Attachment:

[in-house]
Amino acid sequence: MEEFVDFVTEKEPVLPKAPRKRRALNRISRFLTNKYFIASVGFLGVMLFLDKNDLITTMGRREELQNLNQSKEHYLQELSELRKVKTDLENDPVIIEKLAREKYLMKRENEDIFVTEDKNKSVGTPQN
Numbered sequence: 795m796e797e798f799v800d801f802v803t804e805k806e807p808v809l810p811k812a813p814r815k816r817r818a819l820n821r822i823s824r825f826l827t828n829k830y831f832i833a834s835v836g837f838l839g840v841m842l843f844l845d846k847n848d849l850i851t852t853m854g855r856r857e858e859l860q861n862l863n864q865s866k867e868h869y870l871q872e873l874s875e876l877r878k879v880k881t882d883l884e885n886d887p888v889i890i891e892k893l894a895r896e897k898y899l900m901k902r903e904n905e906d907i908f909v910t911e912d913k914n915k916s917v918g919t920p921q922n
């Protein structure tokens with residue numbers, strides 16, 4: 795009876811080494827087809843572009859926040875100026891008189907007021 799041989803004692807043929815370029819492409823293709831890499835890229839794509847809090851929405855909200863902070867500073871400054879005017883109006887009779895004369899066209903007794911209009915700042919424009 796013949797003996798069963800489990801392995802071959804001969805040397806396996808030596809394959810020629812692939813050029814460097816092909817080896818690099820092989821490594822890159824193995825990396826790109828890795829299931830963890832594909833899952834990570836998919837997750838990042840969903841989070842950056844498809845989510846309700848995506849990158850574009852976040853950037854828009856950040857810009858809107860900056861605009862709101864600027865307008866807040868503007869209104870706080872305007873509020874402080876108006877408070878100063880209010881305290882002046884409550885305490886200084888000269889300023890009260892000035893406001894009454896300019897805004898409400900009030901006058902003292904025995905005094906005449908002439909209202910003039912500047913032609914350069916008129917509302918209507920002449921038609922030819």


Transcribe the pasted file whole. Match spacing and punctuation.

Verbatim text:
[in-house]
Amino acid sequence: MEEFVDFVTEKEPVLPKAPRKRRALNRISRFLTNKYFIASVGFLGVMLFLDKNDLITTMGRREELQNLNQSKEHYLQELSELRKVKTDLENDPVIIEKLAREKYLMKRENEDIFVTEDKNKSVGTPQN
Numbered sequence: 795m796e797e798f799v800d801f802v803t804e805k806e807p808v809l810p811k812a813p814r815k816r817r818a819l820n821r822i823s824r825f826l827t828n829k830y831f832i833a834s835v836g837f838l839g840v841m842l843f844l845d846k847n848d849l850i851t852t853m854g855r856r857e858e859l860q861n862l863n864q865s866k867e868h869y870l871q872e873l874s875e876l877r878k879v880k881t882d883l884e885n886d887p888v889i890i891e892k893l894a895r896e897k898y899l900m901k902r903e904n905e906d907i908f909v910t911e912d913k914n915k916s917v918g919t920p921q922n
């Protein structure tokens with residue numbers, strides 16, 4: 795009876811080494827087809843572009859926040875100026891008189907007021 799041989803004692807043929815370029819492409823293709831890499835890229839794509847809090851929405855909200863902070867500073871400054879005017883109006887009779895004369899066209903007794911209009915700042919424009 796013949797003996798069963800489990801392995802071959804001969805040397806396996808030596809394959810020629812692939813050029814460097816092909817080896818690099820092989821490594822890159824193995825990396826790109828890795829299931830963890832594909833899952834990570836998919837997750838990042840969903841989070842950056844498809845989510846309700848995506849990158850574009852976040853950037854828009856950040857810009858809107860900056861605009862709101864600027865307008866807040868503007869209104870706080872305007873509020874402080876108006877408070878100063880209010881305290882002046884409550885305490886200084888000269889300023890009260892000035893406001894009454896300019897805004898409400900009030901006058902003292904025995905005094906005449908002439909209202910003039912500047913032609914350069916008129917509302918209507920002449921038609922030819």